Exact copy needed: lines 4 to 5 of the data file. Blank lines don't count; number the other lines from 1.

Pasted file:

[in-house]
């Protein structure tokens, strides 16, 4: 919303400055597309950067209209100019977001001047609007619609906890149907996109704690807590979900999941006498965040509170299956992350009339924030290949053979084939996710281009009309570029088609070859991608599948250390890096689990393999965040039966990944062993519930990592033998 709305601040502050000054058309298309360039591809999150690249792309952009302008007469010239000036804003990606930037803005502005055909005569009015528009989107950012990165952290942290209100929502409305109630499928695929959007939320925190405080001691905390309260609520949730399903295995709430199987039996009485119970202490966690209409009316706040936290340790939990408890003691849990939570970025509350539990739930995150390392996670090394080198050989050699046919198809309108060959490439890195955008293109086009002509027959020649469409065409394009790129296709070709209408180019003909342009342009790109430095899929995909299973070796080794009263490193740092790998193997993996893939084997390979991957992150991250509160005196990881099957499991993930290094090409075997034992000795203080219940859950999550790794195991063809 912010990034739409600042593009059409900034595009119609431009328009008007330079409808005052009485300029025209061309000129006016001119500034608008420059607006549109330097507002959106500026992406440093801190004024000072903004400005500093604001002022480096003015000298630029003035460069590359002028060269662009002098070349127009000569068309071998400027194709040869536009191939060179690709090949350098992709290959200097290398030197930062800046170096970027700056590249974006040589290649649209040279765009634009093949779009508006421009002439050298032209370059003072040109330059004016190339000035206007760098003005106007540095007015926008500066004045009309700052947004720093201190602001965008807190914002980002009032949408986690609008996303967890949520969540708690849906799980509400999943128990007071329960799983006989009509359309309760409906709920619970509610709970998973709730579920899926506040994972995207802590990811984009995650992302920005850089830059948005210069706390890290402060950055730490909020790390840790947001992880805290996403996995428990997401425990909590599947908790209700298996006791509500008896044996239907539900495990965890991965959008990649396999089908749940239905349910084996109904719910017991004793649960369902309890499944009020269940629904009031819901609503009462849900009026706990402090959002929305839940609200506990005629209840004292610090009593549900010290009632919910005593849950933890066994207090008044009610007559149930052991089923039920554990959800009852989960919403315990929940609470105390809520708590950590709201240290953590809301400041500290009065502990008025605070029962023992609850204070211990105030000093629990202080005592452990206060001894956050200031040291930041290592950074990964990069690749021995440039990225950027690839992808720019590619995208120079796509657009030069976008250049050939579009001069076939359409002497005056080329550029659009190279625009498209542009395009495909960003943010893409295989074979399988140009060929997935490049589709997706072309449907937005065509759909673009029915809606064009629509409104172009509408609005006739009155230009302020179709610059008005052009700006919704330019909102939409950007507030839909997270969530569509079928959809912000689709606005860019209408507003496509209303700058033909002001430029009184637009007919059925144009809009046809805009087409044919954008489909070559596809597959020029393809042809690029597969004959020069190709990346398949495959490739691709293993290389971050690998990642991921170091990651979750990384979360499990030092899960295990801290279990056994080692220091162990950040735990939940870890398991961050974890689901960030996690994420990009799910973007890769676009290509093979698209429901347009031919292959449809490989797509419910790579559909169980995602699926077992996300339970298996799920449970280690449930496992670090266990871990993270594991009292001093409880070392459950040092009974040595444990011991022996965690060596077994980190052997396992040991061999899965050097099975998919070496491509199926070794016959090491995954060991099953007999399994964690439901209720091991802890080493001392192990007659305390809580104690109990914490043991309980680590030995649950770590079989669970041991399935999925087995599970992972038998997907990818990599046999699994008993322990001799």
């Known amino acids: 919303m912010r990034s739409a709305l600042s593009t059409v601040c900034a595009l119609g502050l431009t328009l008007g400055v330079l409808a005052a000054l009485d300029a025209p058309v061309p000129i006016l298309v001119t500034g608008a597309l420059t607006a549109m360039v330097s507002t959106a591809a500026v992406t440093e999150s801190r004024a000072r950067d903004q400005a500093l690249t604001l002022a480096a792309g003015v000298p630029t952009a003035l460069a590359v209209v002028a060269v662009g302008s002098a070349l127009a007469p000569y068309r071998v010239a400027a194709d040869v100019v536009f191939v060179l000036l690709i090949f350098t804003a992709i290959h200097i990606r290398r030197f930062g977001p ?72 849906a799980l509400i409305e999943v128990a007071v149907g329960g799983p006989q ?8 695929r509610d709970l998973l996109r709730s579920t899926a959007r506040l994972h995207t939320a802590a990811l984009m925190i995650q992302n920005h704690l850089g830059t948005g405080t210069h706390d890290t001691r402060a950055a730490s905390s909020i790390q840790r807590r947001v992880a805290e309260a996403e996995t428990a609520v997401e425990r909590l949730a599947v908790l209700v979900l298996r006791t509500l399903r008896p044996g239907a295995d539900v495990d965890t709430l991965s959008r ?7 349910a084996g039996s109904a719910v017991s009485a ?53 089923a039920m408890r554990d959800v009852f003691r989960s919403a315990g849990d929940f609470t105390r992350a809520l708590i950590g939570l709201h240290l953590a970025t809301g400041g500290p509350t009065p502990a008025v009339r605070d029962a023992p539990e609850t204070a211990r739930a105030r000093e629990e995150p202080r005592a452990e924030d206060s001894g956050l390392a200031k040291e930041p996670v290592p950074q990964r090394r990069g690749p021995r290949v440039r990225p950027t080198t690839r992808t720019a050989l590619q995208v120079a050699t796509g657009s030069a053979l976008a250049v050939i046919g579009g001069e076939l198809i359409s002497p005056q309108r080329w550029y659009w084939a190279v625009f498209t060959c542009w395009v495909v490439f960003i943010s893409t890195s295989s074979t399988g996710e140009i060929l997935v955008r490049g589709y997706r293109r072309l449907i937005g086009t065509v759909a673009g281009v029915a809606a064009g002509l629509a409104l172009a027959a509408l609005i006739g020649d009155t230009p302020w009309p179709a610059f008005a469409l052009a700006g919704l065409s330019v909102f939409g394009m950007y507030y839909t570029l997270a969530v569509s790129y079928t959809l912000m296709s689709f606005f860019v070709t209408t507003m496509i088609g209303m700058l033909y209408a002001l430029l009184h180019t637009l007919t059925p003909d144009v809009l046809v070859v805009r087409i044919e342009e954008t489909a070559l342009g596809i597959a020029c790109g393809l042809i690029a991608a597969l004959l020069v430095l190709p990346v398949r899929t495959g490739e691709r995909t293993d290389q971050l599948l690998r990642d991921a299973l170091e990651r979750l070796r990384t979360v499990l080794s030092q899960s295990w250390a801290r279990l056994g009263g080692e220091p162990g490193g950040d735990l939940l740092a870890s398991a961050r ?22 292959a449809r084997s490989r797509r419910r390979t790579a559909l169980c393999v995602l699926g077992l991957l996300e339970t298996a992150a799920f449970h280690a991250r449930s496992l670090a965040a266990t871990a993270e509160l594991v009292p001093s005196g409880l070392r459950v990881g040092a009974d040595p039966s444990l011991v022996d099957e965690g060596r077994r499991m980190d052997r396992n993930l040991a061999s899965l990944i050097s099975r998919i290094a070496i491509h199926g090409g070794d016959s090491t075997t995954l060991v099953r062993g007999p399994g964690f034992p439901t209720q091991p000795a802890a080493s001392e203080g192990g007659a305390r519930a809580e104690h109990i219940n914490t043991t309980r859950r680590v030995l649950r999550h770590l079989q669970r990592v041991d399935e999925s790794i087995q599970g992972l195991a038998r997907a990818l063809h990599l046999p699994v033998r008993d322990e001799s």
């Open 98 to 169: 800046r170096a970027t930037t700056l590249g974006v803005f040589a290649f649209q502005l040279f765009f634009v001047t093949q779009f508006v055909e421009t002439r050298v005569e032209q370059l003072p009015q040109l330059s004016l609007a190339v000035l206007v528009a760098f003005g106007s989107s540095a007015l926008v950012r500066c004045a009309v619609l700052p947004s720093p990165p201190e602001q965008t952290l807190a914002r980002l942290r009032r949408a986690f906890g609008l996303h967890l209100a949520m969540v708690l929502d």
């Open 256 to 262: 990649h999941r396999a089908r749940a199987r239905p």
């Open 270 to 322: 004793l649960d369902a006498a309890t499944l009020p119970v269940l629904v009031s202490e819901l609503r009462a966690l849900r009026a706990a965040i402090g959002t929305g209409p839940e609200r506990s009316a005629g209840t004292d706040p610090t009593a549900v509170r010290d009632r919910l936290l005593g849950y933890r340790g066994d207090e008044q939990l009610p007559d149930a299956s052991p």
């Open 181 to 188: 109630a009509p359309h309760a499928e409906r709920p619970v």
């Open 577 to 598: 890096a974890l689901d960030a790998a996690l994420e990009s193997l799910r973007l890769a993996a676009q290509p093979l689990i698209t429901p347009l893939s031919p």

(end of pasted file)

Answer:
């Open 98 to 169: 800046r170096a970027t930037t700056l590249g974006v803005f040589a290649f649209q502005l040279f765009f634009v001047t093949q779009f508006v055909e421009t002439r050298v005569e032209q370059l003072p009015q040109l330059s004016l609007a190339v000035l206007v528009a760098f003005g106007s989107s540095a007015l926008v950012r500066c004045a009309v619609l700052p947004s720093p990165p201190e602001q965008t952290l807190a914002r980002l942290r009032r949408a986690f906890g609008l996303h967890l209100a949520m969540v708690l929502d």
């Open 256 to 262: 990649h999941r396999a089908r749940a199987r239905p």